Monday, June 29, 2015

The Mask, by Taylor Stevens

Taylor Stevens is back with another Vanessa Michael Munroe story, The Mask.  After fighting pirates in Djibouti, Munroe takes off for Japan, for a rendezvous with her old lover Miles Bradford.  He's working a corporate security job there, and she comes to hang out and recover.  Soon she asks Miles to put her to work, wanting to help him with his assignment at the biotech company where he's employed.  He demurs, until he's framed for murder.  Frustrated with his lack of communication before his arrest, Munroe finds a trail he left for her, enabling her to step into his old job, track down who framed Miles, and uncover layers of corruption, theft, and betrayal in the company.

The Mask is certainly a stand-alone novel.  The back story of Miles and Munroe, her inner demons, her upbringing and abusive "training," her language ability, and her knife fetish are all there and familiar to Stevens's readers, but they take a back seat to the plot.  Stevens very effectively piques interest in Munroe's past, enough that readers will want to revisit prior novels, without retelling her story or distracting the reader with lots of flashback scenes.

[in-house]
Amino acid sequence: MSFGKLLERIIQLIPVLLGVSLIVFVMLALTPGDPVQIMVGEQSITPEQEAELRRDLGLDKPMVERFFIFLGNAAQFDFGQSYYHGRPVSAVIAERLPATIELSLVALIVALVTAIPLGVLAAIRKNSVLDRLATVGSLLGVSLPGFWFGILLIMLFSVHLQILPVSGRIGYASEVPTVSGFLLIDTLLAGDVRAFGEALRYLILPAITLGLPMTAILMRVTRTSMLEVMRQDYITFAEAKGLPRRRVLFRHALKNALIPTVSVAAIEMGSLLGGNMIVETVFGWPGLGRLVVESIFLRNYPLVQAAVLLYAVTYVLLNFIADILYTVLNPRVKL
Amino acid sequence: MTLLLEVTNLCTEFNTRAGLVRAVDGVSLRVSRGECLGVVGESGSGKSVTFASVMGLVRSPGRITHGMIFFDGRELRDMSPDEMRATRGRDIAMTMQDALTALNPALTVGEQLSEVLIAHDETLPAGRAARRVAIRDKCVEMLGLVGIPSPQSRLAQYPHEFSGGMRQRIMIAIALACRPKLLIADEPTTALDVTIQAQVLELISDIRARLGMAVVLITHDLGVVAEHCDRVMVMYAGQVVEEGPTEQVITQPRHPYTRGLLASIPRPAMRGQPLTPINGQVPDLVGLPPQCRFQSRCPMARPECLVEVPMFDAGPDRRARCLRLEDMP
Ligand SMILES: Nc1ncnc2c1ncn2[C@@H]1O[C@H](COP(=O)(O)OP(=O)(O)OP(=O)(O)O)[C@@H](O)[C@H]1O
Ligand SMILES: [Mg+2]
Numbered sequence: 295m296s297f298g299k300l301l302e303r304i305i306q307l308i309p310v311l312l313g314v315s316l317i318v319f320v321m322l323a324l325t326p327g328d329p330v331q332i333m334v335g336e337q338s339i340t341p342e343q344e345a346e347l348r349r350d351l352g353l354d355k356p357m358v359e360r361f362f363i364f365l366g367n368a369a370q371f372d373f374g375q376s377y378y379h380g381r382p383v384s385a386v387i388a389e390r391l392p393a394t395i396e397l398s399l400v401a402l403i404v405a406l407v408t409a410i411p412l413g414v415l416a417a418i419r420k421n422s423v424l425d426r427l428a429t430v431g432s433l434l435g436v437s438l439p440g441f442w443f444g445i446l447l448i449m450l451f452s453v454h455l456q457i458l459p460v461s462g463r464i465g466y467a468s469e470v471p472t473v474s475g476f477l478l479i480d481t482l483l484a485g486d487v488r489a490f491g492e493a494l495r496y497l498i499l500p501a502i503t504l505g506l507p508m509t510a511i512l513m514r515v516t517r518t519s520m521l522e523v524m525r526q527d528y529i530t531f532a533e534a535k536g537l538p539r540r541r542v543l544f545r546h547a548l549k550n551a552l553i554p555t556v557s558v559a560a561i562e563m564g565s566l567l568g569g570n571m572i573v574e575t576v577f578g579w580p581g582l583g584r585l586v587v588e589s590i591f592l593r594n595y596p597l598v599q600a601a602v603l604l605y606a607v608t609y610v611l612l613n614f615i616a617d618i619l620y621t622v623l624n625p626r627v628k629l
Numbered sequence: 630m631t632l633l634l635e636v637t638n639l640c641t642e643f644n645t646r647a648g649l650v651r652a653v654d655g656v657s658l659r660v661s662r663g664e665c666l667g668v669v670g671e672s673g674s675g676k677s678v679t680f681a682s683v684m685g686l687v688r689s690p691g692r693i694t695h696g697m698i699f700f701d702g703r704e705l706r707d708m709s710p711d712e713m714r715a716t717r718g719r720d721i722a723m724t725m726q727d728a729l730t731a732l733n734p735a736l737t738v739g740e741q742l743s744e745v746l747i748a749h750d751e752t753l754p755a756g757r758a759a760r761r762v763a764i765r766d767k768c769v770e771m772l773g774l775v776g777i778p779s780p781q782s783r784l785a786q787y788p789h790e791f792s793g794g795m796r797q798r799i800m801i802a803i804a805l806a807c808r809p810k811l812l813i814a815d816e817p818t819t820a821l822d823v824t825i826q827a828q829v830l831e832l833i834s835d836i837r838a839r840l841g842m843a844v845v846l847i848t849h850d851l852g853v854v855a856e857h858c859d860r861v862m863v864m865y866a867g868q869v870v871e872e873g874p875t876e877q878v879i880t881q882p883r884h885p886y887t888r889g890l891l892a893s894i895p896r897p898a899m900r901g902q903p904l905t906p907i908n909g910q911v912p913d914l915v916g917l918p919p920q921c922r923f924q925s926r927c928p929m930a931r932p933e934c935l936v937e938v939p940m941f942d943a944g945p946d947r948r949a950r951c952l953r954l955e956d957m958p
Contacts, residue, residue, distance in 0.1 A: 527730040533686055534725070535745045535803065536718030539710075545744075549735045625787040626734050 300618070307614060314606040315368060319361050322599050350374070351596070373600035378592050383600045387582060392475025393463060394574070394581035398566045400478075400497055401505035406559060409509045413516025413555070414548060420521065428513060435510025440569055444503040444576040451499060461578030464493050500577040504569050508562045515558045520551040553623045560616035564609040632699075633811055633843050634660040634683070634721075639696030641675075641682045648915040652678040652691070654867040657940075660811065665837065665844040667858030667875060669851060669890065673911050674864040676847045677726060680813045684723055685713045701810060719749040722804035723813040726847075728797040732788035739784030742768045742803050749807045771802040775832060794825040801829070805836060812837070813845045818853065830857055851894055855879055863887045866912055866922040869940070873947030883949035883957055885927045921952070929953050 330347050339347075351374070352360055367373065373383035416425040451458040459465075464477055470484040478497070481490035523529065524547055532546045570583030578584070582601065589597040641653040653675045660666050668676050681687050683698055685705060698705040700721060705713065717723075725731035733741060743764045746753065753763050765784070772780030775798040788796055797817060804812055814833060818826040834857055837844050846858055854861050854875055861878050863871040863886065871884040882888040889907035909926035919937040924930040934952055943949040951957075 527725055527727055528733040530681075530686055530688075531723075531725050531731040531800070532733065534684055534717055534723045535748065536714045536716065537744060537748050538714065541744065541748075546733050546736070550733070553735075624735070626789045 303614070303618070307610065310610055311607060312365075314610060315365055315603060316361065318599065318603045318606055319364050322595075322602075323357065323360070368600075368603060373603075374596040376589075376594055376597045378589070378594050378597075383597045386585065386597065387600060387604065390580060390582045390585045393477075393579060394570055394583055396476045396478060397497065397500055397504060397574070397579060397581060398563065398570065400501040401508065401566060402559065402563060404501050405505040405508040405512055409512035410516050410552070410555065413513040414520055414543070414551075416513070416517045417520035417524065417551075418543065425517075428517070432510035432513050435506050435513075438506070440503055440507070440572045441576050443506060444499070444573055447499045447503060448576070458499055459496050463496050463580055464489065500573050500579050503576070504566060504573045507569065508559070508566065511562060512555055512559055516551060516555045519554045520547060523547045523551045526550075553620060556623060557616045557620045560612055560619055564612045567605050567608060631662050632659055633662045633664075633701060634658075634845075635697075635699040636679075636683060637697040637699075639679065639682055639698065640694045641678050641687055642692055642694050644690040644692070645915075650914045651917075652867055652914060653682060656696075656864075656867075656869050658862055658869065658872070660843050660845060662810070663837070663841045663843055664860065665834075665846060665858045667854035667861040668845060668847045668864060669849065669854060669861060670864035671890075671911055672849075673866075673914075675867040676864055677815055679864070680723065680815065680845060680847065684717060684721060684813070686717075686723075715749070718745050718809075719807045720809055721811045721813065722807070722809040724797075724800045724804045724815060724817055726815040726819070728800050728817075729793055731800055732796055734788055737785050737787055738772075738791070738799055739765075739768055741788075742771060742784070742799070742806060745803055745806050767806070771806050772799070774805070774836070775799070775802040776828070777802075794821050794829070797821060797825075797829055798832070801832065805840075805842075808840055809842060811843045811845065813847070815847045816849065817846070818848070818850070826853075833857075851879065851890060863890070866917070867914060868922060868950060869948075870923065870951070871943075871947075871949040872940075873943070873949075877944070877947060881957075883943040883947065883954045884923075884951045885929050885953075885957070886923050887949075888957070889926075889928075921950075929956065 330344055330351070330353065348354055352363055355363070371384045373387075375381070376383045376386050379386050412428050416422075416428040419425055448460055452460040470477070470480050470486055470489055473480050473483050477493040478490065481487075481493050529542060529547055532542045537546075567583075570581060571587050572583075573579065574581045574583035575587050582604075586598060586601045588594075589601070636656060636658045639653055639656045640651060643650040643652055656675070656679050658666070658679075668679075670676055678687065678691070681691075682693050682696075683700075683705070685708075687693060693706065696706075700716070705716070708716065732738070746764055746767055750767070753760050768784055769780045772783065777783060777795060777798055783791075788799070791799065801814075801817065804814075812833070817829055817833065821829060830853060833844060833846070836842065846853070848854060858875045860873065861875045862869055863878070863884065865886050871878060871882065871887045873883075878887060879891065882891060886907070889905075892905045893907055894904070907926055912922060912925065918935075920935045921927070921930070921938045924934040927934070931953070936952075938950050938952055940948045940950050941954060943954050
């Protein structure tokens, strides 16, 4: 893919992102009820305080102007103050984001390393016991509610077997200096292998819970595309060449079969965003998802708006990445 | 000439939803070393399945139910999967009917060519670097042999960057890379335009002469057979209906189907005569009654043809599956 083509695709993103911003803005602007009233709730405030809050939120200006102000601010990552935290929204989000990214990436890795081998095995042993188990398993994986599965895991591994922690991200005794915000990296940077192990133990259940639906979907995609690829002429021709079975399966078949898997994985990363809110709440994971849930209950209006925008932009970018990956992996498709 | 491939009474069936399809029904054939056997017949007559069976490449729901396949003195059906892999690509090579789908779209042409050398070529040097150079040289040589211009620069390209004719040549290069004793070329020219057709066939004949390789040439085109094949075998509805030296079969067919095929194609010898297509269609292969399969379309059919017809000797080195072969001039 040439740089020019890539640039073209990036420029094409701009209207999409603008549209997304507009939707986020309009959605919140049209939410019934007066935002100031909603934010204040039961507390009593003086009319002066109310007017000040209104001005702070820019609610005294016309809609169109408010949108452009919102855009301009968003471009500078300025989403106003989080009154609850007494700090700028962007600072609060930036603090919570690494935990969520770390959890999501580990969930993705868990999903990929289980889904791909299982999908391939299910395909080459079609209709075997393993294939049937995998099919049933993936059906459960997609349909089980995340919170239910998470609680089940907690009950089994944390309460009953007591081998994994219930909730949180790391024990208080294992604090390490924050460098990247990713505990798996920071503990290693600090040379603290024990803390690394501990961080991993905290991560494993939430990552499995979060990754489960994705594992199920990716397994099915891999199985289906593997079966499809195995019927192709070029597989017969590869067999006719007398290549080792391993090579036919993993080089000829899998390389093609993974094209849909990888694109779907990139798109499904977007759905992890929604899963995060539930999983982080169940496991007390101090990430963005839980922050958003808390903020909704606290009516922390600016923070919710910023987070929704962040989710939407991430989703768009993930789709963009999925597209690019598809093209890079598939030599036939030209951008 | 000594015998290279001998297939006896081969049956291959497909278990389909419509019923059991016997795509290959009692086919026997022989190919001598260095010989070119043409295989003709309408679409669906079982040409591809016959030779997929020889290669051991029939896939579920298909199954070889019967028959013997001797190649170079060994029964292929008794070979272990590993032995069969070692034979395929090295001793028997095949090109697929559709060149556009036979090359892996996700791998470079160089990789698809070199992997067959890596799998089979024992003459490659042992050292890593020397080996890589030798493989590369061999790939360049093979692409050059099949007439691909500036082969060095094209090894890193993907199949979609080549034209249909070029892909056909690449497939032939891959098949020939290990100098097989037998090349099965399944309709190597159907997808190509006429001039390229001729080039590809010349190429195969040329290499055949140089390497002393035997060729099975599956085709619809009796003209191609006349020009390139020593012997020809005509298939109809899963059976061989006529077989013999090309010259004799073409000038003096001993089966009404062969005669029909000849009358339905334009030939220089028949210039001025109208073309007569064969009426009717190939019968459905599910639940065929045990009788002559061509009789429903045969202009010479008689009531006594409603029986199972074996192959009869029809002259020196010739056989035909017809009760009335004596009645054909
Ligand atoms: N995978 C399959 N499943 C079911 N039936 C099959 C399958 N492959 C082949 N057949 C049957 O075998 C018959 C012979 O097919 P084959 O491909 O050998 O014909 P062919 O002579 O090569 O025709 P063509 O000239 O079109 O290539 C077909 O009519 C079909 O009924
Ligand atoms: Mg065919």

As usual, Stevens immerses the reader in Munroe's world.  I found her observations of Japanese corporate culture to be very interesting, as well as her descriptions of Japanese street life, home life, and domestic culture.  In terms of the story, the reader is kept as much in the dark as Munroe is.  Slowly Munroe pulls the pieces together, leaving us with a powerful, bloody, justice-serving climax.

This is one of Stevens's best efforts yet, due, in part, to the foundation she has built with the prior novels.  Munroe is well-developed and powerfully written.  I don't know where she will go from here, but I have a feeling I'll enjoy the ride.

Thanks to Edelweiss and the publisher for the complimentary electronic review copy! 

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